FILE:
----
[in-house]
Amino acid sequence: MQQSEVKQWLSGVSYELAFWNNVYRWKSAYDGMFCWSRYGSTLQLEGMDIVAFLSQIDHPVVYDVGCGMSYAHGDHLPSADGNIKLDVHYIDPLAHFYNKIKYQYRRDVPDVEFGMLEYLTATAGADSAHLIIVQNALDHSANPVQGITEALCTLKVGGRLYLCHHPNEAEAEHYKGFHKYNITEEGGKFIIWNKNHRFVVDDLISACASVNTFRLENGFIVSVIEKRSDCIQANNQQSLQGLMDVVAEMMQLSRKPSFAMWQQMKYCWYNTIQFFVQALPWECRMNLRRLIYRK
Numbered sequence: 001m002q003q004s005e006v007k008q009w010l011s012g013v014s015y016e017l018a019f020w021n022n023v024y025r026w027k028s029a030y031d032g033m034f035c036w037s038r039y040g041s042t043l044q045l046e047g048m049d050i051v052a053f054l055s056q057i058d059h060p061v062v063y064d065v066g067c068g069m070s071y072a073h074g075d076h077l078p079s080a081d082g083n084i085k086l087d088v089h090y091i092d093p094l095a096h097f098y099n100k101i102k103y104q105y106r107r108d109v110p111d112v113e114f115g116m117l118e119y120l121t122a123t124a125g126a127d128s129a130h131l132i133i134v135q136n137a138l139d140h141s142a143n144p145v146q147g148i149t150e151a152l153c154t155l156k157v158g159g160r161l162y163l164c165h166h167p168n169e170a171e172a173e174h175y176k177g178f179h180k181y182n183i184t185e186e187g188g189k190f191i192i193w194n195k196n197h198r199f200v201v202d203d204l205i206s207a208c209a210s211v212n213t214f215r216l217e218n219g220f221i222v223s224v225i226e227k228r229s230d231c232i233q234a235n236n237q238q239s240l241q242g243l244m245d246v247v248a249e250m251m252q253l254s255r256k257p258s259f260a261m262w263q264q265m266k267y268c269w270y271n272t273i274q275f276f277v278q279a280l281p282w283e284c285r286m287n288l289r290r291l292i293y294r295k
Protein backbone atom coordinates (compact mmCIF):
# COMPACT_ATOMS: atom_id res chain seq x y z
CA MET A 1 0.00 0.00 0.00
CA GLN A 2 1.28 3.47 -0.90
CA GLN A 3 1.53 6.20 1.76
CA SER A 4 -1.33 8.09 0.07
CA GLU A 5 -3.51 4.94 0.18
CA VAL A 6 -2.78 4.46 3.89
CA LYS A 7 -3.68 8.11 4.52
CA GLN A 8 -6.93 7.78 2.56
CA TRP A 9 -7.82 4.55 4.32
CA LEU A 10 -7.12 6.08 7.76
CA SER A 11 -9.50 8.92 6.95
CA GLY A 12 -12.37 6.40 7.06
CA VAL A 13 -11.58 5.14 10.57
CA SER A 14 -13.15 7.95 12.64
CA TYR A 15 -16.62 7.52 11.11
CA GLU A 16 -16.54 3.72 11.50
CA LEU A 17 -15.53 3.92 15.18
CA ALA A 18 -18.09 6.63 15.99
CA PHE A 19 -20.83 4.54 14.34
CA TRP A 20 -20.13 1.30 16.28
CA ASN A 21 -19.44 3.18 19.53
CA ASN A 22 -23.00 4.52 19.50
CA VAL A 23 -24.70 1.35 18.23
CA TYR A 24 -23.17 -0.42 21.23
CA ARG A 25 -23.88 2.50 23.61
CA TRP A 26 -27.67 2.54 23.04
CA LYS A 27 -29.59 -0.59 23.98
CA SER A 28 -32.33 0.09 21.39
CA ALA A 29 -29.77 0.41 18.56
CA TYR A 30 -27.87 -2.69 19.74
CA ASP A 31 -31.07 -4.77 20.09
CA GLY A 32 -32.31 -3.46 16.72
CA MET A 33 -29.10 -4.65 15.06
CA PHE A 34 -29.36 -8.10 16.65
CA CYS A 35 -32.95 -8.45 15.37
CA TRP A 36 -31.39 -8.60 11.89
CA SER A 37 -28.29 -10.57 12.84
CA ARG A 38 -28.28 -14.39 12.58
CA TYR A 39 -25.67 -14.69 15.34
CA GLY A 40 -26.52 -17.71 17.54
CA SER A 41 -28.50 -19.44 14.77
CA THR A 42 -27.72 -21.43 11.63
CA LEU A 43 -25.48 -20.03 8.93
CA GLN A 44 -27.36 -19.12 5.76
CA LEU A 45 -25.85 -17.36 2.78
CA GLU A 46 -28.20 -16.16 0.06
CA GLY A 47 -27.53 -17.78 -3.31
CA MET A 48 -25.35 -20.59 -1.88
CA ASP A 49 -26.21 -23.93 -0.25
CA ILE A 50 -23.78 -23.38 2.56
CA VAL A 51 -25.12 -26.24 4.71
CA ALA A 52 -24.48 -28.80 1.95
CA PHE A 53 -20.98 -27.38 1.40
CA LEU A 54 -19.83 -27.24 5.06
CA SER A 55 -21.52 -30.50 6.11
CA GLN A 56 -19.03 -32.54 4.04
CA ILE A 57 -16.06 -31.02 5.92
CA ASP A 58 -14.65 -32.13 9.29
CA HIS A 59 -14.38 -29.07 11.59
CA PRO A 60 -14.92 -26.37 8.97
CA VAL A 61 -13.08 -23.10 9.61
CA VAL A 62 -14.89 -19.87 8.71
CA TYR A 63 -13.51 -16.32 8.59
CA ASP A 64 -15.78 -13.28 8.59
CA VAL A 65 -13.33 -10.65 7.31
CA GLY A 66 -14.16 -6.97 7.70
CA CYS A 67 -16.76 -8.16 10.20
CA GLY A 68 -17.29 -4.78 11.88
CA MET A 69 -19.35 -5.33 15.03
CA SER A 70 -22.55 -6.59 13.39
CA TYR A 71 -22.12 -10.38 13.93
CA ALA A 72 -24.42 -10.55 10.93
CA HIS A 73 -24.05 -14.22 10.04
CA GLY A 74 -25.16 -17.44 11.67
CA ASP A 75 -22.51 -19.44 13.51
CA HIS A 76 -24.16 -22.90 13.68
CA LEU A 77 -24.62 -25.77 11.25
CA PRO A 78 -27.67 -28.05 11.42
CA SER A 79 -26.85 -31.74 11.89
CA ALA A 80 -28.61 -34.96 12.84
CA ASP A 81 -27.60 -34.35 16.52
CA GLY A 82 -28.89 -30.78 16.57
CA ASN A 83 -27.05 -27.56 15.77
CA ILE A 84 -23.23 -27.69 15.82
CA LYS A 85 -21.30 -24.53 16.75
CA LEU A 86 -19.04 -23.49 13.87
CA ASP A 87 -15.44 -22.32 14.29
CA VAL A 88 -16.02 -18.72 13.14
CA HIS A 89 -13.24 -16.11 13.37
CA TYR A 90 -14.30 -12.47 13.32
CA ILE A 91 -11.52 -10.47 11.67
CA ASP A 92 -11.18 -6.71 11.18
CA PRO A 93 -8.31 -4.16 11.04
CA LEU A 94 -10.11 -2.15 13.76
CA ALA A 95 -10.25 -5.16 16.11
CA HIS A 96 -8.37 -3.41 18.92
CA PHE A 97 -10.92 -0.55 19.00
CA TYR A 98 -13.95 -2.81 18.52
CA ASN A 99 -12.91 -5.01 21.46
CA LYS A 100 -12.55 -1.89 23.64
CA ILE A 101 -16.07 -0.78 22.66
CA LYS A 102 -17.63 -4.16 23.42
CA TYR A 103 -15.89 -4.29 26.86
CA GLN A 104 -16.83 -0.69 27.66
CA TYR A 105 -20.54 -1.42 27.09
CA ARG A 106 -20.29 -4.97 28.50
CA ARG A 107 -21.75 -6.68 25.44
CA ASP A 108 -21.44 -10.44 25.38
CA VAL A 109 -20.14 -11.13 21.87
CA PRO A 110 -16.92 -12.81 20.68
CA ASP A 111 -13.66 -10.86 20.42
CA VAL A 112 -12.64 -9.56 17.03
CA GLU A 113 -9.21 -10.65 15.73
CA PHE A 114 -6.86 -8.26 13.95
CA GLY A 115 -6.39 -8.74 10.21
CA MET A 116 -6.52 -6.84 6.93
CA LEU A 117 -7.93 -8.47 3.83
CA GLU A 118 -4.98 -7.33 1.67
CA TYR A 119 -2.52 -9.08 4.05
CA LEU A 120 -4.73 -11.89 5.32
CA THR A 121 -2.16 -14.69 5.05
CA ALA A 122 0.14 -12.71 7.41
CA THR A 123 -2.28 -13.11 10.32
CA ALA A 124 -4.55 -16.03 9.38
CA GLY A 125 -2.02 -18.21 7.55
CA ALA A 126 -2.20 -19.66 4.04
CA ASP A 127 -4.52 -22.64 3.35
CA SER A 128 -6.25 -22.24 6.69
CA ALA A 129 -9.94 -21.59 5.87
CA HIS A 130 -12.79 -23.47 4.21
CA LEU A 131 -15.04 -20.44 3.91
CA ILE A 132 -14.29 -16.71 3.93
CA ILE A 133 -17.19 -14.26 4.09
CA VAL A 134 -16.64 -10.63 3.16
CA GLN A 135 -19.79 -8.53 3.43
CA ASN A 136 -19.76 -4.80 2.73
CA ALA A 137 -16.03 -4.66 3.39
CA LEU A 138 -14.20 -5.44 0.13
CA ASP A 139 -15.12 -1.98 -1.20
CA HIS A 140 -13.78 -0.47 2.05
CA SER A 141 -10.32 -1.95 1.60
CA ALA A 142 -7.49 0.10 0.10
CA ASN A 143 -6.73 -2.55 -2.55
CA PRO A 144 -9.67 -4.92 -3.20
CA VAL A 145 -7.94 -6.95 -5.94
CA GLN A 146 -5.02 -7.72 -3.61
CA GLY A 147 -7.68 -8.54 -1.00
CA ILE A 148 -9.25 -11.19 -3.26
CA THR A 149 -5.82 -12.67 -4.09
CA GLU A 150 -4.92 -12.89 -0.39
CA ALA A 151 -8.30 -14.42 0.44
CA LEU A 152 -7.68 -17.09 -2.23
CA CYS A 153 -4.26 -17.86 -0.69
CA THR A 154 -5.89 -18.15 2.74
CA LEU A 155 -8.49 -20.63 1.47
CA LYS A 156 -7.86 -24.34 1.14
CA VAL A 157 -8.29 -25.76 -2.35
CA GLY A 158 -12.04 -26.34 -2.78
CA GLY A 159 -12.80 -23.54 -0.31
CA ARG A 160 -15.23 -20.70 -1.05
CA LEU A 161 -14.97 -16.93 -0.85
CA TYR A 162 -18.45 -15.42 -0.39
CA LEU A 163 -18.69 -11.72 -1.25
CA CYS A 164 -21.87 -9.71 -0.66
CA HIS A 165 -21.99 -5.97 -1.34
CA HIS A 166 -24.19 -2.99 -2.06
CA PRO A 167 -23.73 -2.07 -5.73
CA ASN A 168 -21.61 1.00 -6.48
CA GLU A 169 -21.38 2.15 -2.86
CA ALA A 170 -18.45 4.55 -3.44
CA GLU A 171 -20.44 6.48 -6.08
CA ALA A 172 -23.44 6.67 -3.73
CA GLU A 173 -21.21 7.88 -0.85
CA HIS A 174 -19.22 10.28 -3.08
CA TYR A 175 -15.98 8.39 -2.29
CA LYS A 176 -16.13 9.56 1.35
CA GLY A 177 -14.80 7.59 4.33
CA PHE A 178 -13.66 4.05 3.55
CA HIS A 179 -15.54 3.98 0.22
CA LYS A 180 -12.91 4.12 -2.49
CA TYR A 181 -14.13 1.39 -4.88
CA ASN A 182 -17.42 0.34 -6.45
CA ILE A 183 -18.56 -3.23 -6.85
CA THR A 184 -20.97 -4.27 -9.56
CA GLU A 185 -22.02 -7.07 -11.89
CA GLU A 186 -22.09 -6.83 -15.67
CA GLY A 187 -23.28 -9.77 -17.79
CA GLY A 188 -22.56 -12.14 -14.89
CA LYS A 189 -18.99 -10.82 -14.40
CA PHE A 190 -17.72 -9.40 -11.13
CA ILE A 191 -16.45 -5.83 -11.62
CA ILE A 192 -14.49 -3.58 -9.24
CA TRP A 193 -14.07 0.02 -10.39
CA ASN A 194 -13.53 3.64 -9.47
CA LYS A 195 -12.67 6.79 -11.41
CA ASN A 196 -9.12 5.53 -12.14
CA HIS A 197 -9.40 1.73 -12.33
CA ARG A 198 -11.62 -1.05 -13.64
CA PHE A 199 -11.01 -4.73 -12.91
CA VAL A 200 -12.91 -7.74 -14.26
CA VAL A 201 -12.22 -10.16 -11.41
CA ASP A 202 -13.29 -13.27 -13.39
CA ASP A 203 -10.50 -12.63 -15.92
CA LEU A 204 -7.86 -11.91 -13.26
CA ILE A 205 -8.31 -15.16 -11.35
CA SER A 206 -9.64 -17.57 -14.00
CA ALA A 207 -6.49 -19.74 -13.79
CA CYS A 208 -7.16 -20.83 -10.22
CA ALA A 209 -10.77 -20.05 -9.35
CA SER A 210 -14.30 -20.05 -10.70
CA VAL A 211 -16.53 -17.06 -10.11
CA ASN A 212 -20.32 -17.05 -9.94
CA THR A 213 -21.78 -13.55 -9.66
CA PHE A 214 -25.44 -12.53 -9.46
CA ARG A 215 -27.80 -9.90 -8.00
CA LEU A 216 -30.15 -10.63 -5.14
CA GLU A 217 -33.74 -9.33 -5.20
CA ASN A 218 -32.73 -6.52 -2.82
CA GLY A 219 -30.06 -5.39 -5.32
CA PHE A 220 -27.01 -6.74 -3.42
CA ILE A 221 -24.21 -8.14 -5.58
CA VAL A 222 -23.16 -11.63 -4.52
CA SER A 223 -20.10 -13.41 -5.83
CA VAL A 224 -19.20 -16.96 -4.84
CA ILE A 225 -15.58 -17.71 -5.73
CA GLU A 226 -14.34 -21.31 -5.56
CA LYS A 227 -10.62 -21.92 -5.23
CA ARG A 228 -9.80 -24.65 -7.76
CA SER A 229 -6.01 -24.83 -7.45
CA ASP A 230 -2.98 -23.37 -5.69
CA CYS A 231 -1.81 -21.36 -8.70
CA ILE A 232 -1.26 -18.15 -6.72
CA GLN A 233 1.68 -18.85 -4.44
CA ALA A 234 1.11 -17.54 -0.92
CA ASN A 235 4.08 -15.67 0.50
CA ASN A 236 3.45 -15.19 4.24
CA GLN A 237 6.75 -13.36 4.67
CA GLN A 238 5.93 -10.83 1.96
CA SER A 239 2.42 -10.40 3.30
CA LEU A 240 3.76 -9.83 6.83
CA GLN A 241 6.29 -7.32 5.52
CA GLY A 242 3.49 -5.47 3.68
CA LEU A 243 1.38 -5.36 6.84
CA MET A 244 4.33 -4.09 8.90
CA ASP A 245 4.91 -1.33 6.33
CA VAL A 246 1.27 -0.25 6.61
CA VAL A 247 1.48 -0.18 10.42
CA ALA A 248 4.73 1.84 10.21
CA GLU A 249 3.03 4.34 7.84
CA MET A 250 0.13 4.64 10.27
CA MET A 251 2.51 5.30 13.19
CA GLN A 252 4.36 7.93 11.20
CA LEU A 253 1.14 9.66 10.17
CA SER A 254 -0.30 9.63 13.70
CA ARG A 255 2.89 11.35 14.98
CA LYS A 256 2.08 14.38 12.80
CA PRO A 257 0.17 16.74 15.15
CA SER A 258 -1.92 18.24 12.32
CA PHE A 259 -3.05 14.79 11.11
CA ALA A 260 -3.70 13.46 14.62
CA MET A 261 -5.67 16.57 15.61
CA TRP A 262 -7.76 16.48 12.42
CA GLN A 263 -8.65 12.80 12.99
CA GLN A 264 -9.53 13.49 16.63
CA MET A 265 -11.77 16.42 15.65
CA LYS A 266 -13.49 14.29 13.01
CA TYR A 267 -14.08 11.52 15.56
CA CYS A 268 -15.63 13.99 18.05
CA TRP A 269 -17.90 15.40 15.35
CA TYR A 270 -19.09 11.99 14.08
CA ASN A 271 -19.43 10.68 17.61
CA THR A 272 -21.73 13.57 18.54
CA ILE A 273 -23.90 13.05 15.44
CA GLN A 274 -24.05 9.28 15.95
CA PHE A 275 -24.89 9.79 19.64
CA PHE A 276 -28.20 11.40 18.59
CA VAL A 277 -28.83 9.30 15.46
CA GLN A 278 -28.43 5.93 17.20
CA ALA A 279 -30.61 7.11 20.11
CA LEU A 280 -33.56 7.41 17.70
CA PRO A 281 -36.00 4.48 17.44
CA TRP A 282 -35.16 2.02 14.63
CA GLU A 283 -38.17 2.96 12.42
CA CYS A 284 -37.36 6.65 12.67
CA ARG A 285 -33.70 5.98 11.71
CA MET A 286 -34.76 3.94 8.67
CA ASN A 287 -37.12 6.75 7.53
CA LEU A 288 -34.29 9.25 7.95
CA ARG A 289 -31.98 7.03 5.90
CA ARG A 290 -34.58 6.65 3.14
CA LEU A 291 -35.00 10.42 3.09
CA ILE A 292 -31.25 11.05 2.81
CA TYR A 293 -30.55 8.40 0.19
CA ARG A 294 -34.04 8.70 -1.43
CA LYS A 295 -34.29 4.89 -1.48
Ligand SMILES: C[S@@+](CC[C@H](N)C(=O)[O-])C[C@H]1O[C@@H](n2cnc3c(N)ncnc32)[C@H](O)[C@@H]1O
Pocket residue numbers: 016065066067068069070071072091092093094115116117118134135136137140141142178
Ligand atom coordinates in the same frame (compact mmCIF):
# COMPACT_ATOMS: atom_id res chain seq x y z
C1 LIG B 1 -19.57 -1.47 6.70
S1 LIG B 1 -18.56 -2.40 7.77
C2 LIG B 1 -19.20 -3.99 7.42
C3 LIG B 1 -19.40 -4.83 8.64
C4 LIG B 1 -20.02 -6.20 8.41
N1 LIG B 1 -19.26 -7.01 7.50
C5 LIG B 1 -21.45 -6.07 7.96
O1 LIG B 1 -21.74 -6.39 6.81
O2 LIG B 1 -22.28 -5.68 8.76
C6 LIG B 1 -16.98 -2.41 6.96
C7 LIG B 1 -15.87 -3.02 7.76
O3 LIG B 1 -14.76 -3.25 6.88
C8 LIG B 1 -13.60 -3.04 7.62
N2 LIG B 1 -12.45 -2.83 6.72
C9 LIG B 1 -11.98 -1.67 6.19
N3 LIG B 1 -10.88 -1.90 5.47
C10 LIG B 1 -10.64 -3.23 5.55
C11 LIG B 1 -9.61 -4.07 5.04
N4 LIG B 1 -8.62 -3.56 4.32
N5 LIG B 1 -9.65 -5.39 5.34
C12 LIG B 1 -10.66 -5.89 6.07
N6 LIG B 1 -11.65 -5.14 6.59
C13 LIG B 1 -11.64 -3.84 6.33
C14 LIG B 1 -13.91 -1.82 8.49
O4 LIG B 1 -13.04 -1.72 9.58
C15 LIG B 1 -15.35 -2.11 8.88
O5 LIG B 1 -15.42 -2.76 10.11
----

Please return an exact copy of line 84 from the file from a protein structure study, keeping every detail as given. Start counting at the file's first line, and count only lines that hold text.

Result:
CA SER A 79 -26.85 -31.74 11.89